On November 23, the Florida Supreme Court overturned the death sentence imposed by a judge on Richard Franklin after his jury split 9-3 in recommending he receive the death penalty for a 2012 murder. "In light of the non-unanimous jury recommendation to impose a death sentence," the court found that the death sentence violated Franklin's right to have a unanimous jury determination of all facts necessary to impose a death penalty and that the violation could not be excused as harmless. The court ordered that Franklin be given a new sentencing hearing. Although the court did not rule on any case other than Franklin's, the decision suggests that the court will order new sentencing hearings in at least several dozen cases involving prisoners whose non-unanimous death sentence were still pending on direct appeal at the time of the U.S. Supreme Court's ruling in Hurst v. Florida in January 2016. In Hurst, the U.S. Supreme Court struck down Florida's death sentencing scheme because key sentencing facts were determined by a judge, rather than a jury. In October, the Florida Supreme Court interpreted that decision as requiring that the jury unanimously recommend the death penalty before the trial judge could impose capital punishment. The Florida Supreme Court's description of Franklin's claim as a "Ring-Hurst claim" further suggests that the court may order new sentencing hearings for approximately 170 death row prisoners whose sentences became final since Ring v. Arizona, a 2002 U.S. Supreme Court decision requiring that a jury, rather than a judge, determine the existence of aggravating facts making a defendant eligible for the death penalty. The court has yet to rule on whether it will apply the constitutional protections recognized in Hurst to all death row prisoners, irrespective of their sentencing date, which could require resentencing of up to 290 people. Earlier, the court upheld judge-imposed death sentences when the defendant waived his right to a jury or the sentence followed a unanimous jury recommendation for death. According to retired Florida Supreme Court Chief Justice Harry Lee Anstead, "Tragically, in the 13 years since Ring, some 47 persons have been executed in Florida under an unconstitutional statute. Had the U.S. Supreme Court accepted review of a Florida case soon after Ring, those executions may arguably not have occurred – at least not until further review for harmless error, waiver or some other possible argument by the state was first evaluated."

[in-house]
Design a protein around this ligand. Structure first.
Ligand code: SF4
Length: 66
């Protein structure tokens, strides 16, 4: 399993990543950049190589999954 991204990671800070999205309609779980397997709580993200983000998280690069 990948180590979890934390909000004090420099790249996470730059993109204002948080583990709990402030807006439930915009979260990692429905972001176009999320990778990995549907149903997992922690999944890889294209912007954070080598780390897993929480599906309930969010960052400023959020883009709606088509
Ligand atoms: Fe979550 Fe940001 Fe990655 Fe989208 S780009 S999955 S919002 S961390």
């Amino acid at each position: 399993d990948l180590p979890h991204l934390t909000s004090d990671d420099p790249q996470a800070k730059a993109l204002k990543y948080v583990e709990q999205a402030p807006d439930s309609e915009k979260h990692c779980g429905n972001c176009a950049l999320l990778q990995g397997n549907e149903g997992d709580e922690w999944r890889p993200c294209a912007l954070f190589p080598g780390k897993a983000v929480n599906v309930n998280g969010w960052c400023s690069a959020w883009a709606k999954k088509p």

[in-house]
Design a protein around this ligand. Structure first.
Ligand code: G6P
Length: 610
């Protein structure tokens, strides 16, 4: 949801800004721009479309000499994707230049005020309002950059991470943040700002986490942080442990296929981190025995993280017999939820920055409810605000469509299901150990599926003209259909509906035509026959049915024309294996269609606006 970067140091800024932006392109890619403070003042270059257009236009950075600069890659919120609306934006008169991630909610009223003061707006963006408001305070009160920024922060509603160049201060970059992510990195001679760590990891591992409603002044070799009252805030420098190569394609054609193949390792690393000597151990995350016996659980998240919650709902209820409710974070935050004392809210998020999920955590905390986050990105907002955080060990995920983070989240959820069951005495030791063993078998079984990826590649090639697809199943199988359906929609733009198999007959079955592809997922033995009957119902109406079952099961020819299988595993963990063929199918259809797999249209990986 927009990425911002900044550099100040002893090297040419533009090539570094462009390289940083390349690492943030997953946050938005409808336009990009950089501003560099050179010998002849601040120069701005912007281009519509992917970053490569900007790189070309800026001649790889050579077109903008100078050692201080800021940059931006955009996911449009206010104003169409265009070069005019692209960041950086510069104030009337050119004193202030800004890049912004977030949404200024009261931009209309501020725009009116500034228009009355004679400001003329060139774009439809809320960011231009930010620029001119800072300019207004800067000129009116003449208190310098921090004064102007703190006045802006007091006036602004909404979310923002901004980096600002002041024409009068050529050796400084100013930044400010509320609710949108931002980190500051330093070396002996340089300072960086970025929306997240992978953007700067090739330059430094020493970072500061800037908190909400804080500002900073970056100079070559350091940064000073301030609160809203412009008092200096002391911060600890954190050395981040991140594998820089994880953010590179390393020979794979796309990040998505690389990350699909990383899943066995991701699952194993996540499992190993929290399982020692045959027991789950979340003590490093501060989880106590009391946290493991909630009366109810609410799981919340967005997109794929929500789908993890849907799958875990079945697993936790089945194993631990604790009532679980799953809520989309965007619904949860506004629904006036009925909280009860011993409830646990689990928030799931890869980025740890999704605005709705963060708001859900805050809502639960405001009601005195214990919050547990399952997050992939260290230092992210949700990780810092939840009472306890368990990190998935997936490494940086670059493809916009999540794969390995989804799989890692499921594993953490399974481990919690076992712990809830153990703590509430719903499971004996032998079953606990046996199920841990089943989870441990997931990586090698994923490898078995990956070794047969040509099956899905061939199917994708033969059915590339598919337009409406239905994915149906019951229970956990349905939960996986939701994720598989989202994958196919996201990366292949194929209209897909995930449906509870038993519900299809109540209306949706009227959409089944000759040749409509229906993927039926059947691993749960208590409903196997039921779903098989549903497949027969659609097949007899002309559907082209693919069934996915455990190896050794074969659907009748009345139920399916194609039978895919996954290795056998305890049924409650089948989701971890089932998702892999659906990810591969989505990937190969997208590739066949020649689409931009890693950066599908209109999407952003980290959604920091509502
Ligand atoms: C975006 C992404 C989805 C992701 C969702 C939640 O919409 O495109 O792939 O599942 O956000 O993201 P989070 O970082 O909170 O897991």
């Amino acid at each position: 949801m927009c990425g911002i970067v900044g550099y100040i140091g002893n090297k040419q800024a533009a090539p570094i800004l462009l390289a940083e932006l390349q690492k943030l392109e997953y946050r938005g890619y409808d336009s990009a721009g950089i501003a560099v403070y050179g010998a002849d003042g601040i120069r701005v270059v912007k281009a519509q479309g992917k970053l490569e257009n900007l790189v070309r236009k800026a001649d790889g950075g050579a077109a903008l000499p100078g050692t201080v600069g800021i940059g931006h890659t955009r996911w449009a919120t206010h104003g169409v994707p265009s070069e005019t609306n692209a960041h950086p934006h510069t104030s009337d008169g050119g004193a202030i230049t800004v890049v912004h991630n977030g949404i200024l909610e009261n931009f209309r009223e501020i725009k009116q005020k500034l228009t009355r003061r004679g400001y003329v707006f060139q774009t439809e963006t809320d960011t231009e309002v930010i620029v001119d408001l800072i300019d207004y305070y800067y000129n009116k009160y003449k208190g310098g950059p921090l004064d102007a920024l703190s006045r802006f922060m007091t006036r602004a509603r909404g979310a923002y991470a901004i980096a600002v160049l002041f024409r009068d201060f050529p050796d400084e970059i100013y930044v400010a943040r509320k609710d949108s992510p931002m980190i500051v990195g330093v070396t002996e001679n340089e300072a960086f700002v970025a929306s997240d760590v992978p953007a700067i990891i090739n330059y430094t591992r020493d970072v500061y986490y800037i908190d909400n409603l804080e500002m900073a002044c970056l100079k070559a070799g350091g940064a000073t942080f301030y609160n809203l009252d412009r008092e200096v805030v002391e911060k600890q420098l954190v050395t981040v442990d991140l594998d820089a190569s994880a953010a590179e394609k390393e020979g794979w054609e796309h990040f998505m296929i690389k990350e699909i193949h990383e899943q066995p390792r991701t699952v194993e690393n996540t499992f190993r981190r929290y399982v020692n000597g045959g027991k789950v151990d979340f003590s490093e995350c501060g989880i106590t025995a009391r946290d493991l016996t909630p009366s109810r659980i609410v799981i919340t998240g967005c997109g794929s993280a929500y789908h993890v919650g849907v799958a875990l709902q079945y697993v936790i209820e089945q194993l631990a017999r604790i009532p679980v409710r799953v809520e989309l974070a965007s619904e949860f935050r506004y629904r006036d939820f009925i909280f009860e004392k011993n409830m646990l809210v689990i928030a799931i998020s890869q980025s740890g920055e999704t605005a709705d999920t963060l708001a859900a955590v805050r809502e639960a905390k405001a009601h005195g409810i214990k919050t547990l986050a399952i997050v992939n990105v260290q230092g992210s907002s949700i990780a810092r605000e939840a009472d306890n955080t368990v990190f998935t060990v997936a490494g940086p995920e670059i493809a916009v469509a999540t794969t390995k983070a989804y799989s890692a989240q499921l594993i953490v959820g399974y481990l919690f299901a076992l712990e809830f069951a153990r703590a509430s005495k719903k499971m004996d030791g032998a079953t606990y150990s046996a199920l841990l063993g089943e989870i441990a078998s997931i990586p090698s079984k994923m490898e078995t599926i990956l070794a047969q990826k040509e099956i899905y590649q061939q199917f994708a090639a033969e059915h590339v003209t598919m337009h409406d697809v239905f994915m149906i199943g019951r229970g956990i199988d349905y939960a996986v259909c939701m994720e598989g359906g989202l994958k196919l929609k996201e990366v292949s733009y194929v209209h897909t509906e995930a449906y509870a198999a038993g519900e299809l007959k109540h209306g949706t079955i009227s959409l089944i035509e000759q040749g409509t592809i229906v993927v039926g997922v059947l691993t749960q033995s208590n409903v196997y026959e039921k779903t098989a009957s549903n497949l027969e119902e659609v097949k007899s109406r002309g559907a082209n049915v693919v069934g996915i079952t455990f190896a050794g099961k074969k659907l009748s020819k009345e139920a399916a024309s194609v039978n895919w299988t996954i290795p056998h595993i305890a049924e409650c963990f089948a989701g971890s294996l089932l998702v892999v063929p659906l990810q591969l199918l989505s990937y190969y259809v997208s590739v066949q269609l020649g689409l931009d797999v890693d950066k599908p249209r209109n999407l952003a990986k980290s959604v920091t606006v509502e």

U.S. District Court Judge Richard M. Gergel granted a request on November 28 from Dylann Roof (pictured), the 22-year-old charged with the murders of nine members of the Emanuel African Methodist Episcopal Church in Charleston, South Carolina, to represent himself in his federal capital trial. Judge Gergel described Roof's decision as “strategically unwise,” but said, “It is a decision you have the right to make.” A criminal defendant's right to self-representation was established by the Supreme Court in 1975 in Farretta v. California, a non-capital case where the Court held that a defendant may waive his right to counsel provided such waiver is knowing, voluntarily, and intelligent. In Roof's trial, the judge had temporarily halted jury selection in the trial on November 7, when Roof's attorneys requested a determination of Roof's mental competency to stand trial. After a two-day hearing, which was closed to the public because statements Roof made to a psychologist might taint the trial, Judge Gergel found Roof fit to stand trial. Jury selection is set to begin on November 28th, with 516 potential jurors reporting to the courthouse for questioning. After Roof's federal trial, the state of South Carolina also plans to try him. He faces a death sentence in both trials. While the Supreme Court has not addressed whether a capital defendant may waive his right to counsel, death penalty experts have argued that such defendants should not be allowed to represent themselves, because of the complexity of capital cases and the finality of the sentence. Cornell Law Professor John Blume wrote, "when it comes to a criminal defendant facing society's ultimate punishment, the defendant's more symbolic interests in dignity and autonomy are outweighed by the criminal justice system's interests, as well as society as a whole's interests, in accuracy and fairness." Last year, a Kansas judge permitted White Supremacist Frazier Glenn Cross to represent himself in a case in which he was charged with murders at a Kansas City Jewish Community Center. His lawyers had intended to present a mental health defense to the murders. After a controversial trial punctuated by outbursts by the defendant, the jury sentenced Cross to death.